Wearing Cardinal Red for a day with Stanford Design School, video presentation at SXSW.
Hi, I am Troy Campbell, a professor at the University of Oregon.
I study what people love, like, and find most important. From our favorite hobbies, to our most cherished beliefs, and yes, even the state of feeling nerdy, I study what aspects affect us, how we can be better people, why we sometimes lie to ourselves, and how we can enjoy life more.
That's the fun way to say what I do. More formally, I explore how identity and beliefs affect consumption, behavior, and marketing. Most of the days I spend in a lab, silent and serious, but with some playful desk decorations and endless podcasts to brighten days of data analysis. My work seeks to advance theory that has an impact on the world from improving policy communication to improving a day at Comic Con. As a former Disney Imagineer and a former nonprofit marketer, I've seen the smiles and good that quality research can bring people. See my research overview for ways my recent scientific publications try to do just that.
My dissertation explores how believing one has expertise in a consumption category (e.g., with wine, film, or poetry) affects identity, consumption enjoyment, and engagement. The main take away is that businesses shouldn't just make great products, they should make people feel great at using the products. It's more complicated than that of course, but that is the gist.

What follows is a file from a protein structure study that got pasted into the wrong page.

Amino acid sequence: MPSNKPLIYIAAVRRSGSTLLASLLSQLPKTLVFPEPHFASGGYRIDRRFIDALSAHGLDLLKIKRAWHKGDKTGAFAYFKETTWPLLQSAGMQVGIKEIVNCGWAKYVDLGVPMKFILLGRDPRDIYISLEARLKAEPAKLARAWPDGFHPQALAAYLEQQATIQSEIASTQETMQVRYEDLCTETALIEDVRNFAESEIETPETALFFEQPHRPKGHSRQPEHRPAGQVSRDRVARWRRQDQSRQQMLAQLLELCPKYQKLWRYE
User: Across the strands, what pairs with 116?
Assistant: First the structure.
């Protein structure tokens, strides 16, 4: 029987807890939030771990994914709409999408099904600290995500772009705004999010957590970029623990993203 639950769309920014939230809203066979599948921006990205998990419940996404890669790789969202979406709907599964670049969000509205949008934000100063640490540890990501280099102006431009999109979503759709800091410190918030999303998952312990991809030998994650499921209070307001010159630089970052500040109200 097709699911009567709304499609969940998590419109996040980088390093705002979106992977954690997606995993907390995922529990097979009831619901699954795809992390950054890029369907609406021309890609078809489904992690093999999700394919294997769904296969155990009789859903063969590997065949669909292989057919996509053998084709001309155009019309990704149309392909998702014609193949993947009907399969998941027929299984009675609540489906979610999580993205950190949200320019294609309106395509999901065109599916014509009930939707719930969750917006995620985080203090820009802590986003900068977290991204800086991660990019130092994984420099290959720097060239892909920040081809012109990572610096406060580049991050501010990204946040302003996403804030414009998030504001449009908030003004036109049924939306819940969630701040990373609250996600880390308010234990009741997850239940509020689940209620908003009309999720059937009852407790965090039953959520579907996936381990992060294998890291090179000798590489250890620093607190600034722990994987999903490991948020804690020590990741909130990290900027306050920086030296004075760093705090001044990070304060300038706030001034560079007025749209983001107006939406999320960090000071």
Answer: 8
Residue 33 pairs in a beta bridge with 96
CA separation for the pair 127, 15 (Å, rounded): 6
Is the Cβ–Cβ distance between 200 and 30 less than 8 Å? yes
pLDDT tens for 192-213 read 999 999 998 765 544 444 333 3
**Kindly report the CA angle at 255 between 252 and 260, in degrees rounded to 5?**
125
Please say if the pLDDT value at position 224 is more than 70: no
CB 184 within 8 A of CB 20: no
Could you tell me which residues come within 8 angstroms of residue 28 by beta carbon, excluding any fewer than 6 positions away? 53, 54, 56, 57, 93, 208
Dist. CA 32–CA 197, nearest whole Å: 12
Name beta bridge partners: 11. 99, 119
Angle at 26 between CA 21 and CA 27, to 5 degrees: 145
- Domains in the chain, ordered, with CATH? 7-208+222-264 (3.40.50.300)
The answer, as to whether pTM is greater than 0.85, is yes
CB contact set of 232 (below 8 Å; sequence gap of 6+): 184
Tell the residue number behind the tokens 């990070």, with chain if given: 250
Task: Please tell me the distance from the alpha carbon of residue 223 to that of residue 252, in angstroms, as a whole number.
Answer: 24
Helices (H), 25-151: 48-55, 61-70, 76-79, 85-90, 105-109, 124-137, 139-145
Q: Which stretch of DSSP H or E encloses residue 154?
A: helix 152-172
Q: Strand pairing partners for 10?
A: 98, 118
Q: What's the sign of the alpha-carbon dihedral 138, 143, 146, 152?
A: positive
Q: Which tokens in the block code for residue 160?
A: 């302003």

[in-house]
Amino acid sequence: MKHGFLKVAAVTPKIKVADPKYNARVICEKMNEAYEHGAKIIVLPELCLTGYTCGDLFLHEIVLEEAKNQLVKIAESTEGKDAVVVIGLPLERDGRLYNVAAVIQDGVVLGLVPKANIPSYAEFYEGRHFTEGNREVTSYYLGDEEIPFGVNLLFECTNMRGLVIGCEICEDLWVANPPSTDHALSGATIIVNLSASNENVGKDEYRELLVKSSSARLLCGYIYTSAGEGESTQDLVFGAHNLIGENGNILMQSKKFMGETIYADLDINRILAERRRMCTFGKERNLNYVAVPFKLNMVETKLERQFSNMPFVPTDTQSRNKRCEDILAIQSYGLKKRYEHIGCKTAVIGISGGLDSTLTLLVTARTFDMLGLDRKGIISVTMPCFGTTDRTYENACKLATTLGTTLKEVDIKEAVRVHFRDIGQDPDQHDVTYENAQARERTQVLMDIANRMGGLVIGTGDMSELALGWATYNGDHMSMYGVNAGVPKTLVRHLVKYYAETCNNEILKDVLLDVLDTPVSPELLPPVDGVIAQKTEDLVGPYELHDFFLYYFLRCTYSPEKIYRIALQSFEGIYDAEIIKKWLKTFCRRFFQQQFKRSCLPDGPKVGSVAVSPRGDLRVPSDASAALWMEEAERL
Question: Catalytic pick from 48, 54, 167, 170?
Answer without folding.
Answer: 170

'Let Us Be Moe Scientific About Anti-Sciene' in Scientific American
'The Future of Social Influencers' in OPB
'Persuasion in a Post-Truth World' in Stanford Social Innovation
'Making Experiences Better' in Jefferson Radio
'Why Facts Do So Little' in ATTN
'30 Under 30' in Pacific Standard
'Testing Sports Rituals At Scale' at SXSW
'Enabling Dissenters' in Politico
'Climate Psychology' in Washington Post
'Star Wars Fandom' in Huffington Post
'Solution Aversion' in Wired
'Why People Fly From Facts' in Scientific American
'Going Viral' on becoming the most viewed research press release in Duke University history. Duke Today